H.eart & B.lood
Chinese red yeast rice good for primary hyperlipidemia
Nov 24, 2006, 11:46

Chinese red yeast rice (Monascus purpureus) for primary hyperlipidemia: a meta-analysis of randomized controlled trials

Jianping Liu, Jing Zhang, Yi Shi, Sameline Grimsgaard, Terje Alraek and Vinjar Fonnebo

Chinese Medicine 2006, 1:4 doi:10.1186/1749-8546-1-4

Published 23 November 2006

Abstract (provisional)

Extracts of Chinese red yeast rice (RYR, a traditional dietary seasoning of Monascus purpureus) contains several active ingredients including lovastatin, and several trials of its possible lipid-lowering effects have been conducted.

This meta-analysis assesses the effectiveness and safety of RYR preparations on lipid modification in primary hyperlipidemia. We included randomized controlled trials testing RYR preparation, compared with placebo, no treatment, statins, or other active lipid-lowering agents in people with hyperlipidemia through searching PubMed, CBMdisk, TCMLARS, the Cochrane Library, and AMED up to December 2004. Ninety-three randomized trials (9625 participants) were included and three RYR preparations (Cholestin, Xuezhikang and Zhibituo) were tested. The methodological quality of trial reports was generally low in terms of generation of the allocation sequence, allocation concealment, blinding, and intention-to-treat.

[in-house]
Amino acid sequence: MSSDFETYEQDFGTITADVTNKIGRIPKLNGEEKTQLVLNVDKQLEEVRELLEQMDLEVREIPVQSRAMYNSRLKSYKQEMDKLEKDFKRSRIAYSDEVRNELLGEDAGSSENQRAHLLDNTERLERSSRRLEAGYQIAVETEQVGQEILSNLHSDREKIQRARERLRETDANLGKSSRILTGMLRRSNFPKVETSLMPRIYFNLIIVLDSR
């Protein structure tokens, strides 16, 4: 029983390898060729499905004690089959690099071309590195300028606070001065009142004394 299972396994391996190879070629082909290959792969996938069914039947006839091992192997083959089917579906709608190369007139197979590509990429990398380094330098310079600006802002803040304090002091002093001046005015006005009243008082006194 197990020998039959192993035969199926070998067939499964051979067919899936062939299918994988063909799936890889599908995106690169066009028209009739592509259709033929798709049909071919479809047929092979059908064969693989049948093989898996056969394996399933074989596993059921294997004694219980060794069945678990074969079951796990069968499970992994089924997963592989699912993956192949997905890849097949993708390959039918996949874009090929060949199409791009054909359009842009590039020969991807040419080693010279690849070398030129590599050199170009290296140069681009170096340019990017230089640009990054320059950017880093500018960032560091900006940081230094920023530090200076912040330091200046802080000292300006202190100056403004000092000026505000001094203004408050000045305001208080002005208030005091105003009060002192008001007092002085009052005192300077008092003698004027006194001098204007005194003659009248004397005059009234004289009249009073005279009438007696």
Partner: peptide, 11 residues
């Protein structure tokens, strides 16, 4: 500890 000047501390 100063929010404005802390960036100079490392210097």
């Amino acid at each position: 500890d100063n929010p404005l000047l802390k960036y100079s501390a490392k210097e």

The combined results showed significant reduction of serum total cholesterol levels (weighted mean difference -0.91 mmol/L, 95% confidence interval -1.12 to -0.71), triglycerides levels (-0.41 mmol/L, -0.6 to -0.22), and LDL-cholesterol levels (-0.73 mmol/L, -1.02 to -0.043), and increase of HDL-cholesterol levels (0.15 mmol/L, 0.09 to 0.22) by RYR treatment compared with placebo. The lipid modification effects appeared to be similar to pravastatin, simvastatin, lovastatin, atorvastatin, or fluvastatin. Compared with non-statin lipid lowering agents, RYR preparations appeared superior to nicotinate and fish oils, but equal to or less effective than fenofibrate and gemfibrozil. No significant difference in lipid profile was found between Xuezhikang and Zhibituo.

RYR preparations were associated with non-serious adverse effects such as dizziness and gastrointestinal discomfort. Current evidence shows short-term beneficial effects of RYR preparations on lipid modification.

More rigorous trials are needed, and long-term effects and safety should be investigated if RYR preparations are to be recommended as one of the alternative treatments for primary hyperlipidemia.

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